Others were far more unseen, such as the emergence of COVID-19 threatening the cancellation of the entire summer's field work for 2020. Fortunately for us, after a large swab up the nose, a two week quarantine upon arrival, and by working as a “pod”, keeping almost no contact with others for the whole season, we made it happen. Arguably, picking weeds for hours can be considered a more frustrating task compared to wearing a mask: each site involved the meticulous removal and collection of 3 square meters of vegetation to later be dried and weighed, giving us an idea of the biomass in that area.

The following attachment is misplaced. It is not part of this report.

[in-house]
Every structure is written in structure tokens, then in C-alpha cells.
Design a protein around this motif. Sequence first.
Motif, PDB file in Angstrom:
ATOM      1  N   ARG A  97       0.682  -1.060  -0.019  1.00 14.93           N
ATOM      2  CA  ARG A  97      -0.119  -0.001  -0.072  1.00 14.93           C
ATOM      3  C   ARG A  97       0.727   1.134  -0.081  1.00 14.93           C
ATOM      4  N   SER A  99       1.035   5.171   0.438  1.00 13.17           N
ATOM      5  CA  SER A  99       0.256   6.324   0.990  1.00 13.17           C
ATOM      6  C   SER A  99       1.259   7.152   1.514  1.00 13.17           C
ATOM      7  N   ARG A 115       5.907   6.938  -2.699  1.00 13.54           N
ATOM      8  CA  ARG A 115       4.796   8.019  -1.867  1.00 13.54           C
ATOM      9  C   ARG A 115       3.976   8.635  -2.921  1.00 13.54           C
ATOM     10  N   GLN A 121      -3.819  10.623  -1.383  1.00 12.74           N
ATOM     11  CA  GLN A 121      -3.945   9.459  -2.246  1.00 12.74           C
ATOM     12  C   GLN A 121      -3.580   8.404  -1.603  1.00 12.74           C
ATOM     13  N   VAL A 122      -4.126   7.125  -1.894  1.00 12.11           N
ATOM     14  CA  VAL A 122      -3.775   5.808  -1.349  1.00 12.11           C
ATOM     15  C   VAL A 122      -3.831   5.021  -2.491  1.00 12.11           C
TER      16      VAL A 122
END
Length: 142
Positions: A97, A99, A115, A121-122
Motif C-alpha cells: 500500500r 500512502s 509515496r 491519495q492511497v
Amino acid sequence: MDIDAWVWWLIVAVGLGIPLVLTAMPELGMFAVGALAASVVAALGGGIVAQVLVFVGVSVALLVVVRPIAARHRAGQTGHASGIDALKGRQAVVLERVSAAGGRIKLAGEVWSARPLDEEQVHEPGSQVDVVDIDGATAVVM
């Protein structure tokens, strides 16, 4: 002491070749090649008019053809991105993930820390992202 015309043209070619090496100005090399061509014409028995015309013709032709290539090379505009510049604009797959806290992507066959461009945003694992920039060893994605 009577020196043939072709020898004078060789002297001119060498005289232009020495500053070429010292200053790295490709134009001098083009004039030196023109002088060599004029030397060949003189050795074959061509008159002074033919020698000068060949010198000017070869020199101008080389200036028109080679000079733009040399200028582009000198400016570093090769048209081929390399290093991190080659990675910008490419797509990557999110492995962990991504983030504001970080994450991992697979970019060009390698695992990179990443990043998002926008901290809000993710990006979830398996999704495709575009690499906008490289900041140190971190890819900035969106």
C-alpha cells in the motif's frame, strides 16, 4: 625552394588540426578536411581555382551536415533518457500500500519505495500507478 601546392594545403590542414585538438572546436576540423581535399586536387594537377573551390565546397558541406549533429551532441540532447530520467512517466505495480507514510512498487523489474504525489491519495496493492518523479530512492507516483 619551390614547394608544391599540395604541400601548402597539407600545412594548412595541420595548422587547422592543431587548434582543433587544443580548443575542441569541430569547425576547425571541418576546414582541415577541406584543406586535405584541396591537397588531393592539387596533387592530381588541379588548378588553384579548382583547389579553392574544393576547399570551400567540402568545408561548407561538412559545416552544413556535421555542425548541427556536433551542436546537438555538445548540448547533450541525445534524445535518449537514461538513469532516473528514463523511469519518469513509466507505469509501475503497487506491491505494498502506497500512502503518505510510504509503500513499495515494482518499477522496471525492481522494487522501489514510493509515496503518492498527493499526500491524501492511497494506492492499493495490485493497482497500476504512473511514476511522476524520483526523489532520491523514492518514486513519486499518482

81 vegetation plots and 66 camera setups later, our field work was now finished. Every moment from those last eight months are treasured memories—from seeing the beauty and diversity of Alberta’s remote forests and all the creatures that crossed our paths, to the difficult and demanding field days. It was a great adventure full of excitement, new experiences and challenges to work through that helped us both grow in many ways. Nowadays, we spend more time back in civilization working through classifying the thousands of wildlife pictures captured from all of our sites. Getting to watch who’s been coming around our little spot in the woods is yet another exciting part of this experience! Although we do miss the simpler, unplugged life of field work, it’s inevitable that our next adventure awaits us in no time.